The Bulletin—October 18, 2012
The Bulletin compiles news from in and around the US South. We hope these posts will provide space for lively discussion and debate regarding issues of importance to those living in and intellectually engaging with the US South.
- Today marks the fortieth anniversary of the 1972 Clean Water Act, which regulates water quality standards and limits water pollution. Citizen groups in Appalachia marked the anniverary by highlighting legislative efforts with the potential to undermine the law and questioning its fair application. The organization Appalachian Voices published a report today titled "The Clean Water Act at 40" (PDF) which details how a majority of legislators in eight Appalachian states have voted for bills challenging the Act, which was initially supported by "all but one of sixty-five representatives from the southeastern states." Also this week, the Sierra Club and Kentuckians for the Commonwealth challenged permits granted under the Clean Water Act for mountaintop removal mining operations in Kentucky and West Virginia arguing that "in Appalachia . . . the Clean Water Act is not being enforced."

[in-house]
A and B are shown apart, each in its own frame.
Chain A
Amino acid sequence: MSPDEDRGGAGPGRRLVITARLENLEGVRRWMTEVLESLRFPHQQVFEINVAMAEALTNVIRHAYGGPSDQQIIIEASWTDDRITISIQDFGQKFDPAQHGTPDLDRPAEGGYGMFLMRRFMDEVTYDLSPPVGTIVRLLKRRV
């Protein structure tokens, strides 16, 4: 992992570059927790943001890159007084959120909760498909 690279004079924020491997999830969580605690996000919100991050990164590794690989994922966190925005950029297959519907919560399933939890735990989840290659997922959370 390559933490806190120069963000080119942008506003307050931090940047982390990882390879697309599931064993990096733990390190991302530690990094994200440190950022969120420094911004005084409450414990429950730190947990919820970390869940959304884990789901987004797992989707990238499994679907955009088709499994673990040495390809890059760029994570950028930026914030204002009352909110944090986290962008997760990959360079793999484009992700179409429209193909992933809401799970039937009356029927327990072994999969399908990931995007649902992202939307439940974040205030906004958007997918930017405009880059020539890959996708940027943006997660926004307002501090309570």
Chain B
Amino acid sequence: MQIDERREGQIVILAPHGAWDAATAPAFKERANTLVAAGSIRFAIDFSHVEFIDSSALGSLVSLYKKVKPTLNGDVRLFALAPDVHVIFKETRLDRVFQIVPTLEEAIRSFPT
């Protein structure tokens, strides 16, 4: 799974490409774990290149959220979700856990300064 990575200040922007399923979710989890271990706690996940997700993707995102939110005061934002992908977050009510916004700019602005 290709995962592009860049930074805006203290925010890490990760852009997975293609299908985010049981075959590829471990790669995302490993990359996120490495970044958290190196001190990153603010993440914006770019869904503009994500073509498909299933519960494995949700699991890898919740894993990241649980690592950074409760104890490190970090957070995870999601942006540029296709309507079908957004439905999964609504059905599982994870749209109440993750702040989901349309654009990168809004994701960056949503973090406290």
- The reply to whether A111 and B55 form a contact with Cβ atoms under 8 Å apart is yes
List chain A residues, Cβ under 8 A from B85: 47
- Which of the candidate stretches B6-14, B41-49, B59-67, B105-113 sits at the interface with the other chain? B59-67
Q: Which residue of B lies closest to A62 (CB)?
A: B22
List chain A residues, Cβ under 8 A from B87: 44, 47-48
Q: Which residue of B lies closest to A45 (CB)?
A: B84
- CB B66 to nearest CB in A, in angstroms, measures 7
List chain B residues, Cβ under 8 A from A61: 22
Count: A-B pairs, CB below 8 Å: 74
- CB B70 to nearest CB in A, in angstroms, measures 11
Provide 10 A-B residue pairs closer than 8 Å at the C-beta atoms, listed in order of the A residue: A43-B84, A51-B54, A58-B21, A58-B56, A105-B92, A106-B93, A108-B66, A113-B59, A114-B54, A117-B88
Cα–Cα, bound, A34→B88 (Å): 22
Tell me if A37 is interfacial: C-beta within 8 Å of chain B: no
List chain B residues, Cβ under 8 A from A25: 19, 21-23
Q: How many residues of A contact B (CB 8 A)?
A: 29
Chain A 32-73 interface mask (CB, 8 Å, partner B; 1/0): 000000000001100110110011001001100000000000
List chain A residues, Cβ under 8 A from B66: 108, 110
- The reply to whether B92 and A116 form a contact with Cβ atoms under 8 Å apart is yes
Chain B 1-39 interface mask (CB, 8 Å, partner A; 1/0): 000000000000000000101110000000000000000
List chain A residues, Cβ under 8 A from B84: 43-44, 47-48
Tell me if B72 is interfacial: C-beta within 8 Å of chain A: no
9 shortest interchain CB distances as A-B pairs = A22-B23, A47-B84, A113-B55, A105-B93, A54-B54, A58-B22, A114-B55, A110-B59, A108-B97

- Mississippi Governor Phil Bryant announced today that his state, which has among the highest rates of chronic diseases such as obesity, diabetes, and heart disease, will turn down federal funds to expand Medicaid, even though one in seven of the state's residents are without insurance. Under the new health care law, the federal government would pay for the full cost of expanding Medicaid between 2014 and 2016, but would then rachet down its support until it would be paying for ninety percent of the program's increased costs, requiring states to chip in the remaining ten percent. Mississippi's governor has joined other southern Republican governors from Florida, Georgia, Louisiana, South Carolina, and Texas in declining to participate in the program, in the wake of a Supreme Court ruling which upheld the health care law but declared state participation in its Medicaid expansion component optional.